Asked Saturday about the Mexican account, Barbour said, “In our firm, I didn’t do the work for Mexico.”
Efforts to change U.S. immigration laws stalled in Congress after the Sept. 11, 2001, terrorist attacks.
During that period, Barbour’s firm also represented the Bolivian government on trade and counter-narcotics and Honduras on food assistance programs and immigration. Describing the Honduran account, the firm said in December 2002 it was monitoring “events with regard to U.S. immigration policy in Central America.”
Demetrios Papademetriou, president of the Migration Policy Institute, an immigration think tank, said through a spokeswoman that he only had a slight recollection of Barbour being part of the discussions and recalled Griffith being more involved.
Even if Barbour played a minor role in the immigration discussions, his firm’s connection to Mexico could raise questions among conservatives who oppose efforts to ease immigration policies.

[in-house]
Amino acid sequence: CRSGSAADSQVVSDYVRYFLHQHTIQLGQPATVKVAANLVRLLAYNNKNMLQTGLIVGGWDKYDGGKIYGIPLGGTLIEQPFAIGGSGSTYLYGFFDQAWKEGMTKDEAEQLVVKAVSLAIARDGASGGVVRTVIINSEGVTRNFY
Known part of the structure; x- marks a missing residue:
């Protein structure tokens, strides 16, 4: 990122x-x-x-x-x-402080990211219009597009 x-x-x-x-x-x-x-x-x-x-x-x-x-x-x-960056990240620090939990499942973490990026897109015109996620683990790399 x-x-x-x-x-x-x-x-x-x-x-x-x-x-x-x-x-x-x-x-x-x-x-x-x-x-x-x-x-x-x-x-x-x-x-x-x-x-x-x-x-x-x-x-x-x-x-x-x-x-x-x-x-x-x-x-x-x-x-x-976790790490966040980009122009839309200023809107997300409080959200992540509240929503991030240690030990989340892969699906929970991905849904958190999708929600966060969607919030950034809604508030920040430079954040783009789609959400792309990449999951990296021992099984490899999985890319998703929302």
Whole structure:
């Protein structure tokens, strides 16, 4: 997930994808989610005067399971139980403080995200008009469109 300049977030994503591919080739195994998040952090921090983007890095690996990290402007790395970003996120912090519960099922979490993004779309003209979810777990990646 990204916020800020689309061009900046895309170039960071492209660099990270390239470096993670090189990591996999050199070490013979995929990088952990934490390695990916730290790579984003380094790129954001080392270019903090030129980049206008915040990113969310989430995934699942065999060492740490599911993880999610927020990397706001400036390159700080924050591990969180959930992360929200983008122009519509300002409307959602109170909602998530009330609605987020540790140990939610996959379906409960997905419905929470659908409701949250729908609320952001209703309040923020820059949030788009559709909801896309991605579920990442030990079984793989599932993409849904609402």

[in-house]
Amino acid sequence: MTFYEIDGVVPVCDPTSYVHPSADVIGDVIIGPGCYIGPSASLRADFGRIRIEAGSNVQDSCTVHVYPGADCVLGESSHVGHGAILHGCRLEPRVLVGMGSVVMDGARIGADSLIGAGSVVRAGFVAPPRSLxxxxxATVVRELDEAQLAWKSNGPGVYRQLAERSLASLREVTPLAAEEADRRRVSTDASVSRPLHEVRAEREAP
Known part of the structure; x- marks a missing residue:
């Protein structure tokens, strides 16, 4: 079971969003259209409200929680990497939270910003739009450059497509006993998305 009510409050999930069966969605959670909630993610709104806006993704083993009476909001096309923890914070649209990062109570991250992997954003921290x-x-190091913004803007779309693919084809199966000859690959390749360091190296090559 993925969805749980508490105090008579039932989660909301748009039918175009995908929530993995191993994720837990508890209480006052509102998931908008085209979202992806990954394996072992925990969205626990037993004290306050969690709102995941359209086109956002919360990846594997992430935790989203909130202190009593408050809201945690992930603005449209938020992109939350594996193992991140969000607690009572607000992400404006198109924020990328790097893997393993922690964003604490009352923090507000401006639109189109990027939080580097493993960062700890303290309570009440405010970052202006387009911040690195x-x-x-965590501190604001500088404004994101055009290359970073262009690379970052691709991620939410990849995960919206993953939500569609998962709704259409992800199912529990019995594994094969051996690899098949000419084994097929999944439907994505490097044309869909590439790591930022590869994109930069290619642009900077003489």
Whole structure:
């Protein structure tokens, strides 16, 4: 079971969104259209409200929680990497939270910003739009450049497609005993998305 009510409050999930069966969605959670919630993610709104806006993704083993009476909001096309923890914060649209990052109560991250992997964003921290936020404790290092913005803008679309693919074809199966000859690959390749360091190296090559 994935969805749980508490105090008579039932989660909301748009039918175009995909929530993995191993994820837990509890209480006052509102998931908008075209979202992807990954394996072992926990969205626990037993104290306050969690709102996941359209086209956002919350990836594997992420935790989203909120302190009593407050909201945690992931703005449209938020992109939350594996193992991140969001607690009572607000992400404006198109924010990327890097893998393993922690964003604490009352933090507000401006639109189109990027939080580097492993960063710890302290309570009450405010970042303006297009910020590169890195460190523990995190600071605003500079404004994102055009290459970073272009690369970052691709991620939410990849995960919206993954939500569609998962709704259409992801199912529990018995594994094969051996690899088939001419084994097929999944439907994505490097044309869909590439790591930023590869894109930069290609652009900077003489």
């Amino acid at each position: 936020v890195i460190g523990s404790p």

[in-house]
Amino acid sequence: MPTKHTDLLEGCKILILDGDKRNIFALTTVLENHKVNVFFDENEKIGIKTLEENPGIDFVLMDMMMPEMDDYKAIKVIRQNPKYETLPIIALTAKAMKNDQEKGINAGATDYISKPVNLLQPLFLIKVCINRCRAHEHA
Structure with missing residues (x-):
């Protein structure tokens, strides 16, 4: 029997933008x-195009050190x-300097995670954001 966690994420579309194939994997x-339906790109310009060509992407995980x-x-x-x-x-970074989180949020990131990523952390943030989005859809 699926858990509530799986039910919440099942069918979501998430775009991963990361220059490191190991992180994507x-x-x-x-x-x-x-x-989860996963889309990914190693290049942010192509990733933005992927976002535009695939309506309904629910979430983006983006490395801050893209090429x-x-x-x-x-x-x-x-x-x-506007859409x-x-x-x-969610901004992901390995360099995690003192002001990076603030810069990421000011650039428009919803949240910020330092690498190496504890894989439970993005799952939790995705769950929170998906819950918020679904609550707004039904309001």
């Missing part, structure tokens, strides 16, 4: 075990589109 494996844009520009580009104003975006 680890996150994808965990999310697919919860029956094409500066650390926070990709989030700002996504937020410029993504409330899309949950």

• ETHANOL: From 2000 to 2004, Barbour’s firm received $860,000 in fees from the Oxygenated Fuels Association, a trade association that represented companies that produced fuel additives for gasoline, including methyl tertiary butyl ether, or MTBE. The trade group was often at odds with the ethanol industry, a direct competitor in the oxygenated fuels market and a powerful force in Iowa, home of the nation’s first presidential caucus.
In the 1990s, the federal government required a minimum level of oxygen in gasoline to help fuel burn more cleanly, prompting most refiners to use MTBE, although some used ethanol. Farm-state lawmakers tried to help bolster ethanol’s use as an oxygenate but ran into opposition from oil interests and those representing MTBE.
In 1999, the Environmental Protection Agency urged the phasing out of MTBE after it found that the additive could leak into ground water and pollute drinking water. Several states banned MTBE in gasoline.